RS: I don’t even think there’s even a comparison. The palate just on the other side of town is way different. This is a vegan, vegetarian-driven neighborhood and then you get every two or three covers you see the guy that wants a slab of beef on the plate. … At Myth I had fun and I didn’t have a lot of competition, and this genre, this area where we cook for, we have Range four blocks away, we have Delfina, Dosa, Foreign Cinema, Tartine and Bar Tartine. I mean, the fiercest of the fierce are cooking down here. I think the best chefs in San Francisco are in this area right now.

SG: What’s your approach to the cuisine that you’re doing differently here?

RS: First of all, it’s completely lunch driven, and I’ve tried to bring that format here. People have definitely bitten into it and they like it. But this is not like other fast-paced neighborhoods. People here definitely can have a glass of wine with lunch and relax a little bit more, and don’t mind having roasted salmon with lentils and yogurt dressing, and it’s not a big deal. That was something I wasn’t used to over there. And I worked with strictly electric at my last place. So having BTUs and being able to use gas, to be able to hone that and find out who I have been.

I haven’t been able to cook fine dining since Gary Danko, and that’s been almost four and a half years ago. It’s been awhile, so it’s been great to be able to figure out who I am as a chef again, on the food level, and the simplicity of how I think I cook on a certain level. So we’ve taken simple Mission Beach Café food and put it on to a beautiful plate and brought some flavors that you wouldn’t think would be in this area. So when you walk by this place and you walk through the doors and sit down and order something, you’re amazed by every bite.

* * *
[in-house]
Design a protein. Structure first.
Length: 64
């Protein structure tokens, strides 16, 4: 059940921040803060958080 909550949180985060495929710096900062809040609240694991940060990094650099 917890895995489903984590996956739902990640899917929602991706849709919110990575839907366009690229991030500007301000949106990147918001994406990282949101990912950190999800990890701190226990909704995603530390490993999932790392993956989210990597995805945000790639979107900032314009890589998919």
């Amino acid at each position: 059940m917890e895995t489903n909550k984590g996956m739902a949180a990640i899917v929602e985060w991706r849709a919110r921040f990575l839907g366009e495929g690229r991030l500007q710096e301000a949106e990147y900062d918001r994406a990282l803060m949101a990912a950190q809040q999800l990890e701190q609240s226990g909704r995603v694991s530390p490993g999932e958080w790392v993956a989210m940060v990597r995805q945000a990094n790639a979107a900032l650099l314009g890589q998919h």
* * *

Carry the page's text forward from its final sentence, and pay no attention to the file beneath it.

SG: How often do you change the menu?

RS: A lot. Monthly, if not seasonally. It changes so much I’m getting yelled at about how much paper we go through. (laughs)

SG: Do you feel that even in this short time you’ve been able to come up with your culinary point of view?

RS: Definitely, I think it’s definitely been shown.

SG: How would you describe it?

RS: New American cuisine. It’s an angle on a twist on what the classics are. But when you sit down and get caramelized gnocchi and cherry shallot butter on top of a grilled New York (steak)—simple combinations but when you get the flavors it’s pretty killer.

SG: Is it fancy café food or fancy comfort food?

RS: I think it’s fancy food in a café atmosphere. You have these tables we’re sitting on that are about $1,000 a piece, and when you get the Heathware plates, which are handcrafted too, what we’re spending the time on each of the dishes are really amazing. And the products are just out of the world.

SG: So how much of your clientele is coming in because you were on “Top Chef”? Do you still get people coming in to see you and not necessarily the food?

RS: Yeah, every night.

SG: So what do you think about that?

RS: I think if that’s what gets them in the door, then I win them over with the food. I mean, that’s my job. The whole goal of the show was to let people know who I am and that’s been absolutely great. If that’s what draws them in, and they come in and say they came to see Ryan Scott but the food blew them out of the water, then we did our job. … So be it if people come in and want to say hi and take a photo. I dig it. It’s such an honor. I mean, I love that people want to say hi and talk food. That’s why I’m here.

SG: So it’s pretty obvious you like to talk … (RS: Really?) … and it’s really obvious that you’re charming. So do you ever feel like you want to go into TV? I think I read in an interview soon after you left the show that you wanted to develop some TV shows. Do you have anything in the works?